I’ve kind of kept going with the ‘busy in the morning, lazy in the afternoon’ model of this holiday. On Friday, we had to go to Lincoln to buy two things: Christmas lights for a tree at school and a cat tree. We went late in the morning to avoid as much of the Black Friday crowds as possible (for me), and it went pretty well.
The tree decorating was time-sensitive because a photographer from the architecture firm that designed the Child Development Center was coming to take photos, and the giant tree in the commons didn’t have any lights on it. (He was supposed to come earlier in the year, but stuff kept coming up.) Lloyd helped with that, and then it was home to assemble the cat tree!
The cats (really just Emme) are using the new furniture as scratching posts. We got a deal on a cat tree at PetSmart, but after I assembled the SEVENTY-INCH TALL tree, I realized it was a bit of a monstrosity.
I took the top levels off and it’s much better. Nobody’s really using it yet, but I’m encouraging participation with lots of catnip.
On Saturday, we finally took the old living room chairs to the dump. I was so excited to go there! It was a bit anti-climactic since I didn’t get to drive to the edge of a garbage cliff and send them careening down into the abyss. We just drove up to a big roll-off and chucked them in.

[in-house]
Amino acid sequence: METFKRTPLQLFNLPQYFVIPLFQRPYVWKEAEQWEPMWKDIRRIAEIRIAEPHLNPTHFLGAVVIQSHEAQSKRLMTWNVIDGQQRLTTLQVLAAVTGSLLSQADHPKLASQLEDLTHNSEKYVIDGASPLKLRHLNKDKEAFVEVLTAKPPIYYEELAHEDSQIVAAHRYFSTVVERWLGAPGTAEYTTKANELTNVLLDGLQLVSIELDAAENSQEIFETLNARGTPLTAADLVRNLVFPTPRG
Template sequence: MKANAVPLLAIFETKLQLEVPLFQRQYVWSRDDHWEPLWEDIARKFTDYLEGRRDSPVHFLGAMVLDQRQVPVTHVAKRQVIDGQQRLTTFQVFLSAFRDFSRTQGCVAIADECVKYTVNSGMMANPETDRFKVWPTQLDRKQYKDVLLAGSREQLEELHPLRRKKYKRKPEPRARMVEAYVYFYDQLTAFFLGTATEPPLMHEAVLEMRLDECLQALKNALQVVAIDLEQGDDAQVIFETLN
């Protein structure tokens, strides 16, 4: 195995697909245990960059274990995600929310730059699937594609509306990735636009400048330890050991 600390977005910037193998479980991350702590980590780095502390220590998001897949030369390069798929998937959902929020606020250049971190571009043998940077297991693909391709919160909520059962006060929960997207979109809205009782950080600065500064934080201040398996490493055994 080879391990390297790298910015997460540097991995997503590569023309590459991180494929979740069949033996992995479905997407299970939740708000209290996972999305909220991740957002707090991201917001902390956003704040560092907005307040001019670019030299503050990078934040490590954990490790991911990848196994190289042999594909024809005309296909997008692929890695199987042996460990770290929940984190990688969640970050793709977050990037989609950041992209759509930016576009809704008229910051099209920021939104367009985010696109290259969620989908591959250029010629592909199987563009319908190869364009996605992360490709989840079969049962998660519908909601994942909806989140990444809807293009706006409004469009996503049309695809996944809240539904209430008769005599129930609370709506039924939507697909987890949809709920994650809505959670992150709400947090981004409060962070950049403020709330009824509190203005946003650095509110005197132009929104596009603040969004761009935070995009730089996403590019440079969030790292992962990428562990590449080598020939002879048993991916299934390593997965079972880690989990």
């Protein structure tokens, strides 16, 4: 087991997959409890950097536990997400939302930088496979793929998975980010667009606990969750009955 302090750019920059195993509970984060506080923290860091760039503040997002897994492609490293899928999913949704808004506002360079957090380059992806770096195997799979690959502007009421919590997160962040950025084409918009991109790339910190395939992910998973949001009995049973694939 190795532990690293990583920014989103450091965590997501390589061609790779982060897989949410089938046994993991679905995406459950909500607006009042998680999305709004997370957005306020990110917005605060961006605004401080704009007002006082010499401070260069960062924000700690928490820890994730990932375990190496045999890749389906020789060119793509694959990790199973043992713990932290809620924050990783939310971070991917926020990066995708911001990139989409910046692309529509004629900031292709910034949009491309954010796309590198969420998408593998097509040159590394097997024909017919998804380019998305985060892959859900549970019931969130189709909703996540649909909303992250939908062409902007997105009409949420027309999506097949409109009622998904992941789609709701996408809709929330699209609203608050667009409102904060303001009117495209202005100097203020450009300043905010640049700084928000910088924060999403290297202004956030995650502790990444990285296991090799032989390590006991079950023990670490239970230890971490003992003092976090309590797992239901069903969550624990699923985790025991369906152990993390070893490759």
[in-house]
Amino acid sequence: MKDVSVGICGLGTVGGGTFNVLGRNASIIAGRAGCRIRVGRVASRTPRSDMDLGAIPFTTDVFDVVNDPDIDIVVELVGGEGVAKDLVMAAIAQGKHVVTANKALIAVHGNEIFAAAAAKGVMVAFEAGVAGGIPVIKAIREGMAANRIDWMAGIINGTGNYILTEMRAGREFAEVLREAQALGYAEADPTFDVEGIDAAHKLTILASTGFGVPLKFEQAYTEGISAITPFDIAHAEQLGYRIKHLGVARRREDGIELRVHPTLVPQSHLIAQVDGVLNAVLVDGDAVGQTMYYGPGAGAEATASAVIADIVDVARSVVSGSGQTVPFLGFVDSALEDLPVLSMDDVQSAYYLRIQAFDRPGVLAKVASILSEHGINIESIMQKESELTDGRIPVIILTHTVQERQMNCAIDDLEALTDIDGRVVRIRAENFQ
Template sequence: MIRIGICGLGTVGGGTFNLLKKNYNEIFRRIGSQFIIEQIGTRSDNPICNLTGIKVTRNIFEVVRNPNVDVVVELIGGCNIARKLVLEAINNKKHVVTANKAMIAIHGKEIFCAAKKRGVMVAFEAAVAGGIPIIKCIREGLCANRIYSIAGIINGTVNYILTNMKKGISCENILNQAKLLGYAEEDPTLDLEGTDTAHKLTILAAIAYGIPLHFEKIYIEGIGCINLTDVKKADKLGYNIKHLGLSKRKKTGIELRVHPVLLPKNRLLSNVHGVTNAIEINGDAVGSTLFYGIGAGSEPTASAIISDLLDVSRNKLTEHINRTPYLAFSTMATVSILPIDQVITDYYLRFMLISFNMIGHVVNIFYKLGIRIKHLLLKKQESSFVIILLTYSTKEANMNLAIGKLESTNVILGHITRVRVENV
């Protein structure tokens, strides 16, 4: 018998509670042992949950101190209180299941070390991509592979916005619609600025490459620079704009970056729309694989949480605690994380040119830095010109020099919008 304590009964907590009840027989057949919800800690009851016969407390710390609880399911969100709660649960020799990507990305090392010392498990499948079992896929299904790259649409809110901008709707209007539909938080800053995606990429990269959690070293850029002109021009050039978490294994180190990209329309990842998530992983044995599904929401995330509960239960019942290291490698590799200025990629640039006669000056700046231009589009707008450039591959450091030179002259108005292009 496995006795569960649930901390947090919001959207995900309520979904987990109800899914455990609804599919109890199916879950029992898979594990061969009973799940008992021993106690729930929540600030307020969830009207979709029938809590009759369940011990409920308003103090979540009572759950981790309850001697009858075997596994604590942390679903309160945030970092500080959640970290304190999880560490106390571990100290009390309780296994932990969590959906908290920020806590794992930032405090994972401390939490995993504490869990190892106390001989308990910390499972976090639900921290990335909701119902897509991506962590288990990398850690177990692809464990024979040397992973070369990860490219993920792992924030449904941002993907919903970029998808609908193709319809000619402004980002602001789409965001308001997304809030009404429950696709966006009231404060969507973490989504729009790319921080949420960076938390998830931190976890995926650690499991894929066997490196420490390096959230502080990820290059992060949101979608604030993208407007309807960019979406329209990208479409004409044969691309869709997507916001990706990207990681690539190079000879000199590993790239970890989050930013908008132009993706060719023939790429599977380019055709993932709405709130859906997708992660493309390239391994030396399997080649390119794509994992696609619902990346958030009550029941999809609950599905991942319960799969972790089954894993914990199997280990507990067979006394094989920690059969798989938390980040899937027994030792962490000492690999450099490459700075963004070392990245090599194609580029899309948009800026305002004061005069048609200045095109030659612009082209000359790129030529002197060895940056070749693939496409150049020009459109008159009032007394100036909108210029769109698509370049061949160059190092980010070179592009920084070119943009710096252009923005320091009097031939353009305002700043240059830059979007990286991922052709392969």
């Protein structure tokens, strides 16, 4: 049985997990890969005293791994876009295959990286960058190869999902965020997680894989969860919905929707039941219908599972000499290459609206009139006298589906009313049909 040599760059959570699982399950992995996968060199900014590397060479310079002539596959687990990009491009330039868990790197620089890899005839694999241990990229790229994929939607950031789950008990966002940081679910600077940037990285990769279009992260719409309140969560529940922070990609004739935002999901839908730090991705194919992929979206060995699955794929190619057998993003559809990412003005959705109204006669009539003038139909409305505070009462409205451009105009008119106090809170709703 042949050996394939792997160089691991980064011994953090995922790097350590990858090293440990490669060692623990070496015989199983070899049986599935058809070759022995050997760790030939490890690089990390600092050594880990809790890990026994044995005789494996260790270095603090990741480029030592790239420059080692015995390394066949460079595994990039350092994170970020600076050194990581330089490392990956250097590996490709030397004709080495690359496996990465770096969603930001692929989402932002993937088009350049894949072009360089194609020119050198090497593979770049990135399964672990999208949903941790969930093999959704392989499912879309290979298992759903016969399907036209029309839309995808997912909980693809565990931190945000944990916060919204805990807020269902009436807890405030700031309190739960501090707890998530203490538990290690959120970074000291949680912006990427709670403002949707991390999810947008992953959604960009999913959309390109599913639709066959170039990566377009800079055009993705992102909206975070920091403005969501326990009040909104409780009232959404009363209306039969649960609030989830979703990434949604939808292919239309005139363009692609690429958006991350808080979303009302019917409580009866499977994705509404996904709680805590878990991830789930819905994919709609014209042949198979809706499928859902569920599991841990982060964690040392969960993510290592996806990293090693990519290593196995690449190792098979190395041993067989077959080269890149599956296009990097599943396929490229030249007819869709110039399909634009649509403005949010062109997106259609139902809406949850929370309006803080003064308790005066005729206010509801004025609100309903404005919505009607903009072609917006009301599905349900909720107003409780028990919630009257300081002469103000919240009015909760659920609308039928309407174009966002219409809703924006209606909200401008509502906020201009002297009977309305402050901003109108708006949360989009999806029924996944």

After that, we were close enough to the little town of Beaver Crossing (population 418), I suggested we go to Beaver Hardware, a store owned by a high school friend of Lloyd’s. It is a crazy, awesome store. It’s really all the stores along one block of this tiny town, connected through the walls to become a giant store. I love it. Lloyd wanted to buy two new snow shovels since ours are rather battered. I felt good supporting Shop Small Saturday (or whatever that’s called).
Back home, we relaxed for a little while and then (don’t panic) – dug a grave. Ralph is still with us, and in many ways he seems to be just fine, but he now weighs as much as Emme (11 pounds), and has been barfing a lot. (I’ve been saying that if he ever weighs less than she does, maybe it’s time for him to go. He used to be 20 pounds, for cryin’ out loud, and we throw away six pounds of cat litter each day – it’s those giant bricks of pee.) If he goes in the middle of winter, it would be tough to dig in frozen ground. So, there’s a hole out back with an empty five-gallon bucket in it to save the space. Not the happiest thought, but it seemed good to be prepared.
Sorry for ending on such a downer. Who knows? Maybe he’ll perk right up.